However, regardless of household structure, young people who participate in activities with their parents, who feel that they can talk to their parents, or who feel a sense of closeness to their parents are less likely to engage in risky behaviour than those who do not have these connections. They are less likely to get involved in negative behaviour that would disappoint and embarrass their parents.

While family harmony could help to prevent youth butting up against the law, household poverty, which is a strong and consistent correlate of several risky behaviours, makes this hard to achieve. A number of children live in single-parent homes and single parents facing economic stresses and working long hours and often unable to provide the levels of monitoring and supervision necessary to keep their children on the straight and narrow.

One organisation throwing its energy behind the effort to keep more of Jamaica's at-risk youth on a crime-free path is the Rotary Club of Kingston. On July 7, 2012, the club launched BACK2LIFE, its 2012-2013 major project which it is hoping will break the cycle of crime and reduce recidivism among male juveniles in Jamaica, beginning with the wards incarcerated at Rio Cobre Correctional Centre in St Catherine.

The club has joined forces with the Children First agency to implement BACK2LIFE, which will use strategies like life skills development, life coaching and mentorship to engage the boys at Rio Cobre and address some of the issues affecting them.

"The whole effort is meant to reduce crime. This will take time, but in the short run, our aim is to help those incarcerated young men and to give them an alternative to the path they are on," said Rotary Club of Kingston President Manley Nicholson.

Several BACK2LIFE strategies dovetail with the recommendations of both the World Bank and the OCA, as well as successful initiatives implemented in Jamaica. Two major ones are using volunteers to provide youth instruction and mentorship.

"We want to involve as many players as possible, including those who were there before and can offer experience to guide us," said Nicholson. "We have to get the Ministry of Justice and other key people involved. We want to be as inclusive as possible, and we are depending on volunteers to help us achieve our objectives."

According to the World Bank, effectively reintegrating at-risk youth into society requires carefully targeted programmes designed according to the evidence of what works. One such intervention is mentoring, which has proven to be a cost-effective means of affecting a range of risky behaviours including crime and violence, substance abuse, and school dropouts. When compared with other successful risk-prevention programmes, mentoring consistently shows high rates of return.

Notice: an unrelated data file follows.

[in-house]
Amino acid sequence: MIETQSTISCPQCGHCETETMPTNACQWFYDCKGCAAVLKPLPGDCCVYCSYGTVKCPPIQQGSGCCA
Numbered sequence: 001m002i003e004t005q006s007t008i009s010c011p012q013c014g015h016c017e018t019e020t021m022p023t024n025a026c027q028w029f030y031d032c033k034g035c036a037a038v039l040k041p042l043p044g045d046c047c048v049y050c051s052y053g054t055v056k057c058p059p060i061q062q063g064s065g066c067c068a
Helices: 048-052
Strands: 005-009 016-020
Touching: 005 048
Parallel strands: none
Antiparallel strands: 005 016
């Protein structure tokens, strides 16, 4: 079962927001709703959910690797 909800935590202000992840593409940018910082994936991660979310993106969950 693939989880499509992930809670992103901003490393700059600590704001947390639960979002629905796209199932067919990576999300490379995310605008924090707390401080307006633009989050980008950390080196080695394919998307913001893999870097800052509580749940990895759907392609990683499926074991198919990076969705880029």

Nicholson said mentoring was at the heart of BACK2LIFE, adding that the club was seeking 100 mentors to help make the project a success. "We want to match each ward at Rio Cobre with a caring adult who will provide coaching and role modelling," he said. "To have this male figure in their lives, one-on-one relationship with a positive male showing them care and attention, is not something many of these boys would normally have."

BACK2LIFE will spend some $28 million to help the boys at Rio Cobre turn away from a life of crime.

The Rio Cobre Correctional Centre currently houses 93 boys between 12 and 18 years old who have been incarcerated for crimes such as larceny, possession of offensive weapons, possession of drugs and other minor offences. The centre prepares them for school examinations, offers vocational training and where pos-sible, behaviour-modification programmes. However, the latter two are at times cancelled or put on hold due to a lack of funding.

According to the Economic and Social Survey of Jamaica, three per cent of persons arrested for major crimes were in the 12-15 age group, and 21 per cent of major crimes were committed by those 16 - 18 years. These crimes include murder, shooting, robbery, rape, and carnal abuse. Victims of these violent acts were also young persons.

Typically, uncontrollable behaviour accounts for the largest number of children admitted to institutions, followed by charges relating to dangerous drugs, larceny, wounding, possession of offensive weapons and shop/house breaking, the OCA report stated.

In addition to the emotional and physical cost to the boys, risky youth behaviour reduces economic growth in Latin America and the Caribbean by up to two per cent annually, costing the countries billions of dollars.

Stephen, our stereotypical youth in conflict with the law, would have contributed to the cost of crime in Jamaica a whopping $12 billion in 2004.